The Union seminary experience is designed to open up a range of possible career paths for our students. The paths emerge out of the sense of call each student brings, each student’s particular gifts, talents, and prior experience, and the unique experience that Union provides to discern which path to follow.
Ordination is required by many denominations* for specific types of ministry. Being ordained is also a benefit in many other career choices. Although Union does not ordain students, we do support the ordination process through our curriculum, field education, and affiliations with denominations and organizations.
Career Options Include:
Parish (Pastoral) Ministry
Those who sense a call to serve as pastors in a church in the 21st century are faced with a quickly changing landscape. The “Church” is redefining itself and being redefined as the world changes around it. Pastoral ministry can play itself out in a number of ways and settings. At the center of this form of ministry is a desire to proclaim God’s word, to build community, and to engage in mission with a core group of people in a consistent setting.
Hospital, hospice or military chaplaincy is a vital ministry to which some are called as an initial career option and to which others may migrate after pastoral careers in the parish or in the field. Union partners with several New York City locations for CPE (Clinical Pastoral Education) and field education placement to support those who are following a path toward chaplaincy.
Many of those entering seminary sense a call to teach. Some will seek ordination and the academy will become the ministry into which they will be ordained. Others will pursue specific areas of study or research that will broaden their respective fields and bring new ideas to the academy in ordained and non-ordained positions. Union supports the pursuit of careers in the academic field at all levels. Those interested in a career in higher education, may visit the Ph.D. planner for further details.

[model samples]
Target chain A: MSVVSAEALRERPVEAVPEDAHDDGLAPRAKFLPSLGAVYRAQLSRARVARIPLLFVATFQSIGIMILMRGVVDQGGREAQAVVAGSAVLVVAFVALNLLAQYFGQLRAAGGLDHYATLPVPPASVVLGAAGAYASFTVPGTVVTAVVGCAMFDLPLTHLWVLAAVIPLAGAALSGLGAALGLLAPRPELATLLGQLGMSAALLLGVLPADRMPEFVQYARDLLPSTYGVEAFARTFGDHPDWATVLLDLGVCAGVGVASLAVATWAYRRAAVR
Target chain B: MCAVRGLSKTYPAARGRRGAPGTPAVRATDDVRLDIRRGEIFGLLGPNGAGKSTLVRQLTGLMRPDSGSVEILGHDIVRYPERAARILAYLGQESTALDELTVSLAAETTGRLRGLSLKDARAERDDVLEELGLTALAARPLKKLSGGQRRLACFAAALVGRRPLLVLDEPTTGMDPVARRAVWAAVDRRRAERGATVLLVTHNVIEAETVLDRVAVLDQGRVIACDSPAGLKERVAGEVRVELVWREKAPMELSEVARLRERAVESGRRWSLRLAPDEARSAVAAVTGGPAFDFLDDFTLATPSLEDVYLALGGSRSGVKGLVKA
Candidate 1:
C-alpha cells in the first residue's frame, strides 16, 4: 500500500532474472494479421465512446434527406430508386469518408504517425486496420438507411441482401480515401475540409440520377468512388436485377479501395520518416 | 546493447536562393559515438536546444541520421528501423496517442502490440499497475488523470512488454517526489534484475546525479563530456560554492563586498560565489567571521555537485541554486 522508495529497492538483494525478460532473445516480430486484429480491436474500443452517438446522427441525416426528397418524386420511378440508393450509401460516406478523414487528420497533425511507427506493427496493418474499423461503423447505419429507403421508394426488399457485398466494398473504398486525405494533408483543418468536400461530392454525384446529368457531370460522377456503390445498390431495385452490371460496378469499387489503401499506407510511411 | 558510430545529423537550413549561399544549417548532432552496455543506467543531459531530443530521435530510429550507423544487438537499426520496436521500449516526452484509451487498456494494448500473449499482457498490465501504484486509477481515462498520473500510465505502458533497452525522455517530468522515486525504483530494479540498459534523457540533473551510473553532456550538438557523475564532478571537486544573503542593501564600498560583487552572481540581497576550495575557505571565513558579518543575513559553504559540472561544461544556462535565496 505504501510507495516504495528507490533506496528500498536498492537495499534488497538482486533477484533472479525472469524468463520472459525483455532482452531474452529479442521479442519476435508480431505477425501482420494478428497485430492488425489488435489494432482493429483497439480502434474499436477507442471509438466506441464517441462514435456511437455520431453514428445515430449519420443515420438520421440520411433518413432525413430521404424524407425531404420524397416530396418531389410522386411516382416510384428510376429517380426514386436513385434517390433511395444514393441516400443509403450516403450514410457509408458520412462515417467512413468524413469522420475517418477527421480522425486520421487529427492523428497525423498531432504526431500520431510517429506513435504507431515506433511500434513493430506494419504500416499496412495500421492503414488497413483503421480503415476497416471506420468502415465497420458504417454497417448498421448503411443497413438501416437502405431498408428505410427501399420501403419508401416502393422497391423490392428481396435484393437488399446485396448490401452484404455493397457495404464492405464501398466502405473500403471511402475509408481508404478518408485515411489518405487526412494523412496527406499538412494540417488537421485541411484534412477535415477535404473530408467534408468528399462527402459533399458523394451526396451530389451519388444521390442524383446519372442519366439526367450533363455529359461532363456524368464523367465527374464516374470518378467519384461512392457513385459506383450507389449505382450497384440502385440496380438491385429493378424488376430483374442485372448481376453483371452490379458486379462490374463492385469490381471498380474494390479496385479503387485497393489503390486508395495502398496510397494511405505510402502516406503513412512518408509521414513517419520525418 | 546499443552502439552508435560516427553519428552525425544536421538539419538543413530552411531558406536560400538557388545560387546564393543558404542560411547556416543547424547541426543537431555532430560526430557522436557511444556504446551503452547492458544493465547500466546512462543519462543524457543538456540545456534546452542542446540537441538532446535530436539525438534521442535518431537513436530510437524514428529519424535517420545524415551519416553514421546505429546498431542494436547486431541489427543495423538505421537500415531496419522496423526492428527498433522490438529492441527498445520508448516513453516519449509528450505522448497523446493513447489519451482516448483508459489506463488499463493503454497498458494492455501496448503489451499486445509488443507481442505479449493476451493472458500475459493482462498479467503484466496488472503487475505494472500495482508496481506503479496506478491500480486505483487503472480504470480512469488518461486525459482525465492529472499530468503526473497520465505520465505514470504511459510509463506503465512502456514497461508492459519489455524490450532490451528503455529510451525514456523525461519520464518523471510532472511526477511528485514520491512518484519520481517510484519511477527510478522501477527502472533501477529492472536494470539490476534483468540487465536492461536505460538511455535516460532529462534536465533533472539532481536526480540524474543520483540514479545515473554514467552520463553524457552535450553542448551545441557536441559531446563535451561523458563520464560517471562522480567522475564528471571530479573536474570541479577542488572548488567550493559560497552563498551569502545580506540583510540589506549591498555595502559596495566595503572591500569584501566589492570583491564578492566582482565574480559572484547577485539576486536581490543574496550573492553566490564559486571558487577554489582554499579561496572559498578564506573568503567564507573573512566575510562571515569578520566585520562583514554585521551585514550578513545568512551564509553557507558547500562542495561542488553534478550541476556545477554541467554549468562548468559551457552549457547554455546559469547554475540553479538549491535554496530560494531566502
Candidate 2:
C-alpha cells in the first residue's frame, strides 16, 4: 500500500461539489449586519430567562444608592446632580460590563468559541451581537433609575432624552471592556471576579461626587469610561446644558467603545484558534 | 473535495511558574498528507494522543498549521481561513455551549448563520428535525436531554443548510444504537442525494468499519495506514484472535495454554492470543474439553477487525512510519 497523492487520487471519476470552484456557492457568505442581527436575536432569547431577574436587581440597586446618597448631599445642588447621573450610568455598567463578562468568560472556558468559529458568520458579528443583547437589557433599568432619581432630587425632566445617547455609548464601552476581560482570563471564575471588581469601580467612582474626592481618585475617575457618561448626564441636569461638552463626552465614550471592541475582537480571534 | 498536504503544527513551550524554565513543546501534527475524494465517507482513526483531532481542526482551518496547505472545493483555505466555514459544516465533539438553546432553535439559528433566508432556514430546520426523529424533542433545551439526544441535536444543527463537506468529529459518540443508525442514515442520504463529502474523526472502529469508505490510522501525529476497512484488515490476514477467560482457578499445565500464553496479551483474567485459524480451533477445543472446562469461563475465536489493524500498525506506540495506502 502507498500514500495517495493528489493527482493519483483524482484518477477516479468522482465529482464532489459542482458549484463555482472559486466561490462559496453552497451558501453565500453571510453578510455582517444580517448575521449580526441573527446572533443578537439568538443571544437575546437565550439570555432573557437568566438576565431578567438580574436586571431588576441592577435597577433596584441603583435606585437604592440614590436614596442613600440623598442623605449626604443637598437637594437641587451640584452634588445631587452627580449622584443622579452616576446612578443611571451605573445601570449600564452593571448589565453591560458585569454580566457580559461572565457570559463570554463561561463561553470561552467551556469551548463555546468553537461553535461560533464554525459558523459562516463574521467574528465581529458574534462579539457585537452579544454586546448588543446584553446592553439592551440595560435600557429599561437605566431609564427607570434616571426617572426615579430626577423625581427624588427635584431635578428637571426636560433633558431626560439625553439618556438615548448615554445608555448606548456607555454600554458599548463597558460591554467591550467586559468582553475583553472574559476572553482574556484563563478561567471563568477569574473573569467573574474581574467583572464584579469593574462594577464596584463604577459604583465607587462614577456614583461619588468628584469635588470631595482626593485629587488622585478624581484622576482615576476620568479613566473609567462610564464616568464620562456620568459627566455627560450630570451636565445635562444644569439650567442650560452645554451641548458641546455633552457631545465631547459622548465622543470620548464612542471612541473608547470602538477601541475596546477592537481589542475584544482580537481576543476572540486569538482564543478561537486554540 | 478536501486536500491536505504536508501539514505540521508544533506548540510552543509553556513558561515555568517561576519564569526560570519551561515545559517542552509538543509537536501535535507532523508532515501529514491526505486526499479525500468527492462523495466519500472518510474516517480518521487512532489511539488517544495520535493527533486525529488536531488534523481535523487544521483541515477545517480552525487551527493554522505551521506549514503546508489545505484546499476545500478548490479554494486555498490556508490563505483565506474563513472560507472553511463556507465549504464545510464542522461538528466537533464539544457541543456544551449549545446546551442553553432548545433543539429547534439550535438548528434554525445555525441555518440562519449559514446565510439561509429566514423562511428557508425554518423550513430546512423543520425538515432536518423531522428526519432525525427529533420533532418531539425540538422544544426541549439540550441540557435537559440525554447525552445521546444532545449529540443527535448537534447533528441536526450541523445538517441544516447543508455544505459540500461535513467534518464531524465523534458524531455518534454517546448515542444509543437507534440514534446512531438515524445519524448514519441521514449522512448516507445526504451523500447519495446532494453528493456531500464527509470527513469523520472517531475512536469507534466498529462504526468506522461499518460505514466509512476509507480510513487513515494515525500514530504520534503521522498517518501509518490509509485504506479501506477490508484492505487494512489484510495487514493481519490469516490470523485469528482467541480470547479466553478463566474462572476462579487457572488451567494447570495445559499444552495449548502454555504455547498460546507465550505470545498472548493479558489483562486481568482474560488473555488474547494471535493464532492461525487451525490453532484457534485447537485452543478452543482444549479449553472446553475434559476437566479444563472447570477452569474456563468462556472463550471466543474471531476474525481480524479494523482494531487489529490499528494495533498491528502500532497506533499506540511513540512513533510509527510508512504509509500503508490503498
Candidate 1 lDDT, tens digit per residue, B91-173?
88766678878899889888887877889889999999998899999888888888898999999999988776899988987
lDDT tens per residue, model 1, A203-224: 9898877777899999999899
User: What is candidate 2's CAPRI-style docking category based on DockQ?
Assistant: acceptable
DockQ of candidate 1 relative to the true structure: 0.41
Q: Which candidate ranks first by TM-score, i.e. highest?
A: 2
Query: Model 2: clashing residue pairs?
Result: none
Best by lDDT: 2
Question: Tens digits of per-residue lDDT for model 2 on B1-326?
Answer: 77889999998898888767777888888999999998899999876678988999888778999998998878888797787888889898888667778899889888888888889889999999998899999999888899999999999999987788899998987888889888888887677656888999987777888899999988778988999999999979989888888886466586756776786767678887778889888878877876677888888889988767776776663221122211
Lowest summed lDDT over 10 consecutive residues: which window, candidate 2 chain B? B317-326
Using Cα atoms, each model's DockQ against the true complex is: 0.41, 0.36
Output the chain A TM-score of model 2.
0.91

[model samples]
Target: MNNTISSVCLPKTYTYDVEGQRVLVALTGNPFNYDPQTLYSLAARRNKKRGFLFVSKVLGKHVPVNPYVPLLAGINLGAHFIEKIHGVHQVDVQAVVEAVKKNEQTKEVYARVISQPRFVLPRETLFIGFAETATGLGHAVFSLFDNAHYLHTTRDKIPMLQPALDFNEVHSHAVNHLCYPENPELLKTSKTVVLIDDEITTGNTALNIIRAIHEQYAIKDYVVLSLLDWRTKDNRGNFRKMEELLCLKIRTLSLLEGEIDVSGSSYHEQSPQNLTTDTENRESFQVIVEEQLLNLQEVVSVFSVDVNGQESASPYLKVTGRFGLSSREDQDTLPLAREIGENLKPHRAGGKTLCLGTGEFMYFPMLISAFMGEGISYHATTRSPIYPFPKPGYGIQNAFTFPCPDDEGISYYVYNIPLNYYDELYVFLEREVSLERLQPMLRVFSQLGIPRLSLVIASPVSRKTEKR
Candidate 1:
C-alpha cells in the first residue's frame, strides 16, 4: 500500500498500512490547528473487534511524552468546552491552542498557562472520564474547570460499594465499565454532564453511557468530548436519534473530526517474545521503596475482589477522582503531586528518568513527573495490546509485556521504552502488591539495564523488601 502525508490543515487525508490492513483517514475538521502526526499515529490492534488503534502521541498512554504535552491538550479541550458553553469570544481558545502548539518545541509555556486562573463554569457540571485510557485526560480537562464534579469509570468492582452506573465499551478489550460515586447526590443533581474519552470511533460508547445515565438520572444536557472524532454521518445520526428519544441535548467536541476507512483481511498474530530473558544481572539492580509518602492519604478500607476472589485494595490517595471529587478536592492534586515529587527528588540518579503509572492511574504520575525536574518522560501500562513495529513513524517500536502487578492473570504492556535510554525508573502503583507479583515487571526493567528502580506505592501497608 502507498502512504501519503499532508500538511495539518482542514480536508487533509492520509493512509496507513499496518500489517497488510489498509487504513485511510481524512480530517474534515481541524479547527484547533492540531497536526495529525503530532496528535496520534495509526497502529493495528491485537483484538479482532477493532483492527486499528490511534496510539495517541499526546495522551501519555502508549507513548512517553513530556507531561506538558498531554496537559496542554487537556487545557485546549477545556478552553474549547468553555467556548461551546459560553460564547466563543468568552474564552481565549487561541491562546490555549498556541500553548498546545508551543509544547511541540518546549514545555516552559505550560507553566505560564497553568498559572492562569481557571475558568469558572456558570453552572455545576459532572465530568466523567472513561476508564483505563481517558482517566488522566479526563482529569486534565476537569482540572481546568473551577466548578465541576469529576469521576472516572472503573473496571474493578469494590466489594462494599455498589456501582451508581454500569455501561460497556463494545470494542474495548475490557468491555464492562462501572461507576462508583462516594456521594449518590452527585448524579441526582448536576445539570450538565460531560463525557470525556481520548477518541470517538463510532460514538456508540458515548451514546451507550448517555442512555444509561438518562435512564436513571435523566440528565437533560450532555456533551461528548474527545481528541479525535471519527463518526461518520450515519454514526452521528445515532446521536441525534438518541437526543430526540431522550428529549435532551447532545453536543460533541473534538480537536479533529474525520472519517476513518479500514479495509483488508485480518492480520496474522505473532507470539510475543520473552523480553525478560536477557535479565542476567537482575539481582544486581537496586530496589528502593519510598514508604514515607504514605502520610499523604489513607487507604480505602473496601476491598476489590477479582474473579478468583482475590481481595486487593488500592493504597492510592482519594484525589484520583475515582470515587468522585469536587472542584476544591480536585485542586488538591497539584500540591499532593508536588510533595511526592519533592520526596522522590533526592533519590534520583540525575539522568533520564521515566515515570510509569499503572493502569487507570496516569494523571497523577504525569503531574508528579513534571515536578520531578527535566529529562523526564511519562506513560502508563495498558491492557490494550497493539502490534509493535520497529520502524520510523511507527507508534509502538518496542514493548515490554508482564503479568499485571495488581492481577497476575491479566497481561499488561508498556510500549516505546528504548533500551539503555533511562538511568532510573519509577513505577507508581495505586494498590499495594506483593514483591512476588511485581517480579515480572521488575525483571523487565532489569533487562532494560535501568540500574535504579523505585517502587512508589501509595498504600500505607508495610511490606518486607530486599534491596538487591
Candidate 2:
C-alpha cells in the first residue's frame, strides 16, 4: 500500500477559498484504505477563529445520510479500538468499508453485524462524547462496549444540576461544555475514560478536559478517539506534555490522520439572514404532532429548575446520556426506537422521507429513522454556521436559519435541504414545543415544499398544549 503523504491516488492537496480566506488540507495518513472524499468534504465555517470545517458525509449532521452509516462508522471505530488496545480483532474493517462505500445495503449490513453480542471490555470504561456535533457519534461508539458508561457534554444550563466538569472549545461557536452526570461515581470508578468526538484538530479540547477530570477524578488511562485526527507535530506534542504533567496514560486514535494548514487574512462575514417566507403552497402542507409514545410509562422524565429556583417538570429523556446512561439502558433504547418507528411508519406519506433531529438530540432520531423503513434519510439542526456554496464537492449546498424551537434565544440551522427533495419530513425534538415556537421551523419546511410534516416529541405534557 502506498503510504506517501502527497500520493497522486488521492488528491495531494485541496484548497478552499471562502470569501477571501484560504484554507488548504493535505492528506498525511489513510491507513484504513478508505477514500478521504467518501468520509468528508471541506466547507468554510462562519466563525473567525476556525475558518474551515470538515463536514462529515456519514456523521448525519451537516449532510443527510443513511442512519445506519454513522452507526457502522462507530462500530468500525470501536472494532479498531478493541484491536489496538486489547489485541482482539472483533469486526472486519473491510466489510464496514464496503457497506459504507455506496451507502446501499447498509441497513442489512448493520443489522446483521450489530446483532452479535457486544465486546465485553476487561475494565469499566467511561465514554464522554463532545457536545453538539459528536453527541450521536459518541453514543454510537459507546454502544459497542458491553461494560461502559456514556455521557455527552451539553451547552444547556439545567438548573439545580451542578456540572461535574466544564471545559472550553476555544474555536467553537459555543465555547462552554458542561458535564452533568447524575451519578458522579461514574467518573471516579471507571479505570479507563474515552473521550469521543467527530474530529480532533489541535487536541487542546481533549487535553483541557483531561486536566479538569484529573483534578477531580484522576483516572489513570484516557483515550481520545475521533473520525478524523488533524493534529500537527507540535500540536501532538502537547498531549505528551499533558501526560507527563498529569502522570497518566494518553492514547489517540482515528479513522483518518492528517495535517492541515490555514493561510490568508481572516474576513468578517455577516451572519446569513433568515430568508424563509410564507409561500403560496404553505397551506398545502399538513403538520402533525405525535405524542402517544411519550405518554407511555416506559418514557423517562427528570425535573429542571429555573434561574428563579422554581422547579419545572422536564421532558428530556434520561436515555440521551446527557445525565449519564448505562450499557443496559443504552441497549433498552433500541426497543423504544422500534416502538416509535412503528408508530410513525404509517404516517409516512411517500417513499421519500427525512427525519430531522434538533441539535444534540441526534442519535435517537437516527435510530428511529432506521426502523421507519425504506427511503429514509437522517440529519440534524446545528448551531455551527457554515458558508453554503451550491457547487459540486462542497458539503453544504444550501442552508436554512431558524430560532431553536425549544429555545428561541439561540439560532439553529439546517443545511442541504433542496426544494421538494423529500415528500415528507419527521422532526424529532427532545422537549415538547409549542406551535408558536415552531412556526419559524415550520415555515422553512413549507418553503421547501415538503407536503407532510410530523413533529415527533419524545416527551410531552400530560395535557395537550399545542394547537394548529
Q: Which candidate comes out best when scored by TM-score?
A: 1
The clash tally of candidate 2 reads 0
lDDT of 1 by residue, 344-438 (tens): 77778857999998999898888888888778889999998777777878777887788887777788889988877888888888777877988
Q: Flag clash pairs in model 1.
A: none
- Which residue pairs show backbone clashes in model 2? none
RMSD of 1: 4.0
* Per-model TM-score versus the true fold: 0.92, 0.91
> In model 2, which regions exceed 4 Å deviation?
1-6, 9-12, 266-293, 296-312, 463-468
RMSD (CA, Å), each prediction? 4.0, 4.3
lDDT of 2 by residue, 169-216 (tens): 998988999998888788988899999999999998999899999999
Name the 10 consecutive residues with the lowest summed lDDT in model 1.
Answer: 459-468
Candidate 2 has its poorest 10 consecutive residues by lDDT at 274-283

Although students are not required to take a basic psychology (PS) course as part of the Masters of Divinity program, they may use a PS course to fulfill the second course requirement in the Practical Theology field and as part of their electives. At a minimum, knowing when to refer an individual for professional counseling is important. Some students may seek to pursue career options in the psychological or psychiatric field, using their Master of Divinity degree to bring theological and spiritual components to their work.
Social Justice/Community Organizing
Union has an unparalleled legacy of and commitment to applying theology and ethics to issues of social justice. In addition to raising awareness among potential religious and community leaders across a range of critical issues, Union’s many caucuses and affiliations with local organizations provide ample opportunities for students to receive hands-on experience with real world issues. The Poverty Initiative at Union offers a fellows program and invites all students to participate in its groundbreaking work to end poverty.
Christian Education has emerged as a critical component of many denominations. Those who are called to teach and who also feel called to work within the parish setting may find that Christian Education is the best option to consider. Union provides excellent support for this important career opportunity in its course offerings and field education opportunities as well as its strong advisory staff.
Cross-discipline (Law, Journalism, etc.)
Students who have already obtained or are seeking to obtain a degree in a separate field, such as law, philosophy, science or virtually any field of study may also seek to add a religious and ethical component to their professional qualifications. Union emphasizes the interconnectedness of spiritual and religious concerns with real world issues and challenges and prepares students to make those connections across a range of professions.
CLICK HERE TO VIEW UNION’S ONLINE JOB FINDER
*Not all religious bodies require ordination. Some use a process called endorsement. A seminary education generally improves career opportunities, regardless of denominational requirements for ordination.